Difference between revisions of "Raspberry Pi"

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(Article preface)
(Enable fsck on boot)
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Next, add next line in {{ic|/etc/fstab}} to remount the partition during boot.
 
Next, add next line in {{ic|/etc/fstab}} to remount the partition during boot.
  /dev/mmcblk0p5  /      ext4    remount,rw        0      0
+
  /dev/mmcblk0p5  /      ext4    remount,rw        0      1
 +
Note that last parameter is 1. If this value is 0, the mount point won't be fsck'd. See [[fstab#Field definitions]]
  
 
== Serial console ==
 
== Serial console ==

Revision as of 08:18, 1 October 2014

zh-CN:Raspberry Pi Raspberry Pi (RPi) is a minimalist computer built for the ARMv6 architecture. More information about this project and technical specification.

Article preface

This article is not meant to be an exhaustive setup guide and assumes that the reader has setup an Arch system before. Arch newbies are encouraged to read the Beginners' guide if unsure how to perform standard tasks such as creating users, managing the system, etc.

Note: Support for the ARM architecture is provided on http://archlinuxarm.org not through posts to the official Arch Linux Forum. Any posts related to ARM specific issues will be promptly closed per the Arch Linux Distribution Support ONLY policy.

Installing Arch Linux ARM

See the Arch Linux ARM documentation.

Resize filesystem

The image size is 2GB. In order to expand the root filesystem to use the whole SD card (assuming it is bigger than 2GB), please follow some of the existing guides.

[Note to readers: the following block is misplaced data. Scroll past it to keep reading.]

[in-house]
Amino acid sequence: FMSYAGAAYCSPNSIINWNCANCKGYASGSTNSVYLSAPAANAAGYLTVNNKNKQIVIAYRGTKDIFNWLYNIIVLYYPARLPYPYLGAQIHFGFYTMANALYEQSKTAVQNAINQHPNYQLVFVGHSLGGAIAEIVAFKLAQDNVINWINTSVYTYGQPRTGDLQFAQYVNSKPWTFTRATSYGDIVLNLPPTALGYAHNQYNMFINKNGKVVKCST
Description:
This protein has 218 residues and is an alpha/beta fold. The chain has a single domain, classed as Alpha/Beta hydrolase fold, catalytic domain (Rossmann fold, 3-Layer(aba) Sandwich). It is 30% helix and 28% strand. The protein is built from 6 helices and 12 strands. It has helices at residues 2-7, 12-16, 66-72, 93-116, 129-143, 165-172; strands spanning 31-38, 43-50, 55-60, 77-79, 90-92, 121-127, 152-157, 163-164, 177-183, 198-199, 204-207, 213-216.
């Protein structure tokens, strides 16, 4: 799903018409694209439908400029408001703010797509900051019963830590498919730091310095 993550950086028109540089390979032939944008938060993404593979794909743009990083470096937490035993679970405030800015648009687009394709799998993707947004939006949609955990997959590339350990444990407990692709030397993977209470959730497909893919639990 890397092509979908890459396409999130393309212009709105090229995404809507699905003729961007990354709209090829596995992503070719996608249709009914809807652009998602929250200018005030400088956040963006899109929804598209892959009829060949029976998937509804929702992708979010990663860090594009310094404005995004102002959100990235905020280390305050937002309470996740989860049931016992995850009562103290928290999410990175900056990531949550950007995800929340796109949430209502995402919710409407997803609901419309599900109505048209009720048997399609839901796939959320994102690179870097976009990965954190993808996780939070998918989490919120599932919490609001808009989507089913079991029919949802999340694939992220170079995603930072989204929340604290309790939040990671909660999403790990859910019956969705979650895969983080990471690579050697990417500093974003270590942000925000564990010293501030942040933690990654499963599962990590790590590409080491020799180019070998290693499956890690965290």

Network

Enable IPv6

IPv6 is disabled by default. To enable it, remove ipv6.disable=1 from the beginning of /boot/cmdline.txt.

Configure wlan without network or display

By default a fresh install will connect to a connected LAN with dhcpcd. If you want to access your Raspberry Pi via wlan from the start, create the necessary files on the sdcard. You need a netctl profile and enable the systemd unit netctl-auto.

  • Mount the sdcard-partition5
# mount /dev/mmcblk0p5 /mnt
  • Create a netctl profile, if you use netctl on your main machine, you can just copy one
# cp /etc/netctl/profilename /mnt/etc/netctl/

or you can adapt one from the /examples directory /etc/netctl/examples. Make sure the profile uses interface wlan0 not wlpsXsX.

  • To automatically connect to an available network enable the systemd unit netctl-auto.
# ln -s /usr/lib/systemd/system/netctl-auto@.service /mnt/etc/systemd/system/multi-user.target.wants/netctl-auto@wlan0.service
  • Unmount the sdcard
# umount /mnt
  • Insert it in your rpi and boot it.
  • Connect with ssh root@alarmpi password is root

Audio

Note: The requisite module snd-bcm2835 should be autoloaded by default.

Install the alsa-utils, alsa-firmware, alsa-lib and alsa-plugins packages:

# pacman -S alsa-utils alsa-firmware alsa-lib alsa-plugins